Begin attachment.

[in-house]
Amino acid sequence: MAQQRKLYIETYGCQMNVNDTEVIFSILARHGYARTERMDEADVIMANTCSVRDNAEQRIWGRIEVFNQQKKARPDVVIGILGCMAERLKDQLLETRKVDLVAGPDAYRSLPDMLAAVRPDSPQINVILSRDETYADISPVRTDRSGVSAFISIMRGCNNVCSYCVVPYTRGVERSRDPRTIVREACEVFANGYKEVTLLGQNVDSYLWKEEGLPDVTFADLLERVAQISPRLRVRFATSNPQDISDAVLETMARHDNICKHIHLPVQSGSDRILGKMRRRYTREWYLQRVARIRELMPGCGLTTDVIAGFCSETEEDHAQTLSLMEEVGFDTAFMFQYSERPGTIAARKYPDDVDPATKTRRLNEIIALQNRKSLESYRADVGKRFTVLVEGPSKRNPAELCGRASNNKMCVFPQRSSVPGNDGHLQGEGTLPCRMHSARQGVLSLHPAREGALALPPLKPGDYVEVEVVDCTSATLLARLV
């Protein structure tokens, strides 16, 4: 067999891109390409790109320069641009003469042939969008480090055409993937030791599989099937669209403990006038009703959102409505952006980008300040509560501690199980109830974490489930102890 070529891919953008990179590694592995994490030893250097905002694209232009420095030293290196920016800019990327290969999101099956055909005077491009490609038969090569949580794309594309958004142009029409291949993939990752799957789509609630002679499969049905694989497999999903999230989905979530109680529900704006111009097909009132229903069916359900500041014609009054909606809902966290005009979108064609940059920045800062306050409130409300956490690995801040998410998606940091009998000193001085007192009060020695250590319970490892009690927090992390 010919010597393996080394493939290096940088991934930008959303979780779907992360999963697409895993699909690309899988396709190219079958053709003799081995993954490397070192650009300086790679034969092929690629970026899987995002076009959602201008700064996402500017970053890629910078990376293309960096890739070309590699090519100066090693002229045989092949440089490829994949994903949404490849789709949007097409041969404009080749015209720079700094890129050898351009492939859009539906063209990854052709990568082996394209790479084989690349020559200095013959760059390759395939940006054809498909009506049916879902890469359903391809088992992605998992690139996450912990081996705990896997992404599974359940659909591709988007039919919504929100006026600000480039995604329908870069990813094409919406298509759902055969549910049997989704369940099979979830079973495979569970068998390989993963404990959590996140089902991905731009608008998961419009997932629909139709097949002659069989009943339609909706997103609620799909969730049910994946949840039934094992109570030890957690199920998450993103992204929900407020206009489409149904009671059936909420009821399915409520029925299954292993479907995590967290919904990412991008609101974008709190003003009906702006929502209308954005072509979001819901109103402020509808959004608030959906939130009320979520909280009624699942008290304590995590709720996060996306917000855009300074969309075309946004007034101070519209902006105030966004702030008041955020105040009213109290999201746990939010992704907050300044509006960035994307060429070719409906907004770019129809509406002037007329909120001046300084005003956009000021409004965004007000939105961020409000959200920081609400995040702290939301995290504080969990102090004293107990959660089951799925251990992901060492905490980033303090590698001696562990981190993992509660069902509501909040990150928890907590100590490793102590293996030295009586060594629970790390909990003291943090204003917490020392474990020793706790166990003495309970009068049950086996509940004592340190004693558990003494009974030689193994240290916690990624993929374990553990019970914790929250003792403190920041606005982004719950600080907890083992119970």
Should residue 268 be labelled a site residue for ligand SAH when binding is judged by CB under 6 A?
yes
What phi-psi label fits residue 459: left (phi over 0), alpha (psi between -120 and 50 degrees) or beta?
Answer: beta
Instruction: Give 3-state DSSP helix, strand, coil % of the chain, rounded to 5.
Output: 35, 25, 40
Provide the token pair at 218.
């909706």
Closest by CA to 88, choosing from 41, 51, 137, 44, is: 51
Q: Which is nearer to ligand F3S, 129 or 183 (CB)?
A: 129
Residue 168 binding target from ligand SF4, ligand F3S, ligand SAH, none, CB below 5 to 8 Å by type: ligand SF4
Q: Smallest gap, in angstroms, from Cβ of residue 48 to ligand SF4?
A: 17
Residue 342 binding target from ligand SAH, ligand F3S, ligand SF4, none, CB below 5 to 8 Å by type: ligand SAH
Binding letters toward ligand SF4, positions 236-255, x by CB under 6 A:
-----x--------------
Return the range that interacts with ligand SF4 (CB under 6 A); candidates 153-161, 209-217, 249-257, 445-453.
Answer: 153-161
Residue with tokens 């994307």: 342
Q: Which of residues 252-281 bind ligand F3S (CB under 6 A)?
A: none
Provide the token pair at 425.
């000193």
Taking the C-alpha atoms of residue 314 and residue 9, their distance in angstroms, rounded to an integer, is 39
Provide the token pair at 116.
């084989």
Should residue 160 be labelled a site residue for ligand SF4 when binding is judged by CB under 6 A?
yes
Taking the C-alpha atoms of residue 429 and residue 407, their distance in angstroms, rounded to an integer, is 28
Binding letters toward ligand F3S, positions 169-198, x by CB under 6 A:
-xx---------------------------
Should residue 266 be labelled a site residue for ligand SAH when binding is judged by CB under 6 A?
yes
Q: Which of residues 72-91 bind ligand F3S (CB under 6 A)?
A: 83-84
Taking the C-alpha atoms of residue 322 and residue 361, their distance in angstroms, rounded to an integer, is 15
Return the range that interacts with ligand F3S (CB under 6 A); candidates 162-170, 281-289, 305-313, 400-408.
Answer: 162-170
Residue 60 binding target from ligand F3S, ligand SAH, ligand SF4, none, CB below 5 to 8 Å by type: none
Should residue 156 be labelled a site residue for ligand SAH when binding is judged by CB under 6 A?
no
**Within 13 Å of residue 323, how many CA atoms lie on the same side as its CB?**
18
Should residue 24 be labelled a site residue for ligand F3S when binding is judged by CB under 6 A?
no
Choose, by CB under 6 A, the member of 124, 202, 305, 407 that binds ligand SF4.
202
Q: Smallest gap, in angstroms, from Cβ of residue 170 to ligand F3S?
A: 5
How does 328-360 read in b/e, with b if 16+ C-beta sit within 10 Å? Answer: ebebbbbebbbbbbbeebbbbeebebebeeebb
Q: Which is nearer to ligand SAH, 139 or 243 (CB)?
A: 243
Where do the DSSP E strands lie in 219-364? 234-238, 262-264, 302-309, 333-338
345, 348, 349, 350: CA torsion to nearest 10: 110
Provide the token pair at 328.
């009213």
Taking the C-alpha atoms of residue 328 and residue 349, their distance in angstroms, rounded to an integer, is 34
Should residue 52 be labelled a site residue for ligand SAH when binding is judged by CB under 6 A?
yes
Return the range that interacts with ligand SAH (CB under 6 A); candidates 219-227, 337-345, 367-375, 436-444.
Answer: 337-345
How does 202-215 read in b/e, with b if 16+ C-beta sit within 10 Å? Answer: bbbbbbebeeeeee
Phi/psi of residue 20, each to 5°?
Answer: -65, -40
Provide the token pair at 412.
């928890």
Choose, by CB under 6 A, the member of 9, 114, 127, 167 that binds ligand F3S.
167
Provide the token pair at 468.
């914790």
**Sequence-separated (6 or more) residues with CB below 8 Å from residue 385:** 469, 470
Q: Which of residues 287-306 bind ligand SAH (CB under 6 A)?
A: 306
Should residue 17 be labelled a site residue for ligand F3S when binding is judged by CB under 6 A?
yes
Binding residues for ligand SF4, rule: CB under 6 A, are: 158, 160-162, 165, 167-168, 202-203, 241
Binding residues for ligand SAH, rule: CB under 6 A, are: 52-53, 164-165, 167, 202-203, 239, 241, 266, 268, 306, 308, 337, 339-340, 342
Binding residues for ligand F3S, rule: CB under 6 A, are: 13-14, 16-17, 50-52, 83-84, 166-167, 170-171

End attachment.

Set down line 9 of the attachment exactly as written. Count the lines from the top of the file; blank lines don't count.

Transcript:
Output: 35, 25, 40